Int J Med Sci 2017; 14(11):1143-1153. doi:10.7150/ijms.21353
MEF2C loss-of-function mutation contributes to congenital heart defects
1. Department of Pediatric Internal Medicine, Ningbo Women & Children's Hospital, 339 Liuding Street, Ningbo 315012, China;
2. Department of Neurosurgery, Tongji Hospital, Tongji University School of Medicine, 389 Xincun Road, Shanghai 200065, China;
3. Department of Cardiology, Shanghai Tenth People's Hospital, Tongji University School of Medicine, 301 Middle Yanchang Road, Shanghai 200072, China;
4. Department of Cardiovascular Surgery, Renji Hospital, School of Medicine, Shanghai Jiao Tong University, 1630 Dongfang Road, Shanghai 200127, China;
5. Department of Cardiovascular Medicine, East Hospital, Tongji University School of Medicine, 150 Jimo Road, Shanghai 200120, China;
6. Department of Cardiology, Shanghai Chest Hospital, Shanghai Jiao Tong University, 241 West Huaihai Road, Shanghai 200030, China;
7. Department of Pediatrics, Tongji Hospital, Tongji University School of Medicine, 389 Xincun Road, Shanghai 200065, China;
8. Department of Cardiovascular Research Laboratory, Shanghai Chest Hospital, Shanghai Jiao Tong University, 241 West Huaihai Road, Shanghai 200030, China;
9. Department of Central Laboratory, Shanghai Chest Hospital, Shanghai Jiao Tong University, 241 West Huaihai Road, Shanghai 200030, China.
* These three authors contributed equally to this work.
Qiao XH, Wang F, Zhang XL, Huang RT, Xue S, Wang J, Qiu XB, Liu XY, Yang YQ. MEF2C loss-of-function mutation contributes to congenital heart defects. Int J Med Sci 2017; 14(11):1143-1153. doi:10.7150/ijms.21353. Available from http://www.medsci.org/v14p1143.htm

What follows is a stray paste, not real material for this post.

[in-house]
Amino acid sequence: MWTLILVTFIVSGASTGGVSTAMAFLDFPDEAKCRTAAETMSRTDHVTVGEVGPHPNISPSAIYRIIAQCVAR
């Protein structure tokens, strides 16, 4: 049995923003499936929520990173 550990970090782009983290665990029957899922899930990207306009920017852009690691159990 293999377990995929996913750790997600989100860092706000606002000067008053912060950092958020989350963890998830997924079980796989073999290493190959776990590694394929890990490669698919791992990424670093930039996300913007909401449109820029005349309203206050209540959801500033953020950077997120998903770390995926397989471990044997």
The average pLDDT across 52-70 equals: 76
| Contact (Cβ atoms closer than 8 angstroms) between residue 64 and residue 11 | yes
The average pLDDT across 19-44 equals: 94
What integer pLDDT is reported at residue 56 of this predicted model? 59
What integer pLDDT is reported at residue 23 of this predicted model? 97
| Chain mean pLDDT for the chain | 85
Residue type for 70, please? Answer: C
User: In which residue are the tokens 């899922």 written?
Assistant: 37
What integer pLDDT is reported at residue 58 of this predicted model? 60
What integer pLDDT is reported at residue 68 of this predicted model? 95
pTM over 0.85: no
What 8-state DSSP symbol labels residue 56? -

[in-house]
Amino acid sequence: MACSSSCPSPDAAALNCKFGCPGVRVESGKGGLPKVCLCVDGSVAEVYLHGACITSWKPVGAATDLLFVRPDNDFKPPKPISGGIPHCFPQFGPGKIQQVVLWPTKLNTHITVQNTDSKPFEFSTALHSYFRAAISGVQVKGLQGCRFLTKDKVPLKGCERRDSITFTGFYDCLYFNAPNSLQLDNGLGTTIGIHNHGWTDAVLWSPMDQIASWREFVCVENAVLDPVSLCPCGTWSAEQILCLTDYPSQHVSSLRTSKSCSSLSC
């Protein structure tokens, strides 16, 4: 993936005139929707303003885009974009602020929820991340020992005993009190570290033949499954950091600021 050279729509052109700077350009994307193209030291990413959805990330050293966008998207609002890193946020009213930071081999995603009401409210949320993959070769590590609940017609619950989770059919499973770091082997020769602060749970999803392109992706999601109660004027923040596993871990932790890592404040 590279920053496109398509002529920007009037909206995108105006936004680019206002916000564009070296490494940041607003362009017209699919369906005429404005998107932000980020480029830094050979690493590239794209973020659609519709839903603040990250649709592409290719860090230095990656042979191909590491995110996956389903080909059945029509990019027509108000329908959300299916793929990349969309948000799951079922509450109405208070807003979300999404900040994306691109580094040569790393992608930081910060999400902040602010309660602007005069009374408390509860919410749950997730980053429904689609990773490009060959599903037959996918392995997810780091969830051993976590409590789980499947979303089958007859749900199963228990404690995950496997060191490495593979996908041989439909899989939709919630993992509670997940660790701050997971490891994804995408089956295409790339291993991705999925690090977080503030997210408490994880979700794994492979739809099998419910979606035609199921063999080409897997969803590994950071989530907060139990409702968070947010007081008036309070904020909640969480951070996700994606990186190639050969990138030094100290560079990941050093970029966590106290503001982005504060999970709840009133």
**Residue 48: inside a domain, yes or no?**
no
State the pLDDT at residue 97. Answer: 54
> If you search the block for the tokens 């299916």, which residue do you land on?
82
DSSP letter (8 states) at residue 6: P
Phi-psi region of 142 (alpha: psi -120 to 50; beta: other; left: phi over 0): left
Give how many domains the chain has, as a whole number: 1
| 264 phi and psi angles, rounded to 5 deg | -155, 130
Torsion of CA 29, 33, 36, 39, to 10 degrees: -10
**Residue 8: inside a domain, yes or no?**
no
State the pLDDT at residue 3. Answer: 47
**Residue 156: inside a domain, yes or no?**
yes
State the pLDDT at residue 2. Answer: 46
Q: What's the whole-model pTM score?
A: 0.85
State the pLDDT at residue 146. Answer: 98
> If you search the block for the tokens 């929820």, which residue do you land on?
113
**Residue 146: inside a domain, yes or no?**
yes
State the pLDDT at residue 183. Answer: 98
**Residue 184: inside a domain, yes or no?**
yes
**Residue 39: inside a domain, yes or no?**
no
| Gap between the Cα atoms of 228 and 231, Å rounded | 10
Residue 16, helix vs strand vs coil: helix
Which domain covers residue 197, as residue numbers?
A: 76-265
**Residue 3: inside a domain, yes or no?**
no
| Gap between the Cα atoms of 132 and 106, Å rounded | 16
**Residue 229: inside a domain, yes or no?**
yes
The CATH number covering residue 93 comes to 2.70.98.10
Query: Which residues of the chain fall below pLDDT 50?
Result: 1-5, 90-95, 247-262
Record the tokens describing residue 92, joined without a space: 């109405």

Congenital heart disease (CHD) is the most common type of developmental abnormality in humans, and is a leading cause for substantially increased morbidity and mortality in affected individuals. Increasing studies demonstrates a pivotal role of genetic defects in the pathogenesis of CHD, and presently mutations in more than 60 genes have been associated with CHD. Nevertheless, CHD is of pronounced genetic heterogeneity, and the genetic basis underpinning CHD in a large proportion of patients remains unclear. In the present study, the whole coding exons and splicing donors/acceptors of the MEF2C gene, which codes for a transcription factor essential for normal cardiovascular development, were sequenced in 200 unrelated patients affected with CHD, and a novel heterozygous missense mutation, p.L38P, was identified in an index patient with patent ductus arteriosus (PDA) and ventricular septal defect (VSD). Genetic scan of the mutation carrier's family members available showed that the mutation was present in all affected family members but absent in unaffected family members. Analysis of the proband's pedigree revealed that the mutation co-segregated with PDA, which was transmitted as an autosomal dominant trait with complete penetrance. The mutation changed the amino acid that was completely conserved evolutionarily, and did not exist in 300 unrelated, ethnically-matched healthy individuals used as controls. Functional deciphers by using a dual-luciferase reporter assay system unveiled that the mutant MEF2C protein had a significantly reduced transcriptional activity. Furthermore, the mutation significantly diminished the synergistic activation between MEF2C and GATA4, another cardiac core transcription factor that has been causally linked to CHD. In conclusion, this is the first report on the association of a MEF2C loss-of-function mutation with an increased vulnerability to CHD in humans, which provides novel insight into the molecular mechanisms underlying CHD, implying potential implications for early diagnosis and timely prophylaxis of CHD.
Keywords: Congenital heart disease, Genetics, Transcription factor, MEF2C, Reporter gene assay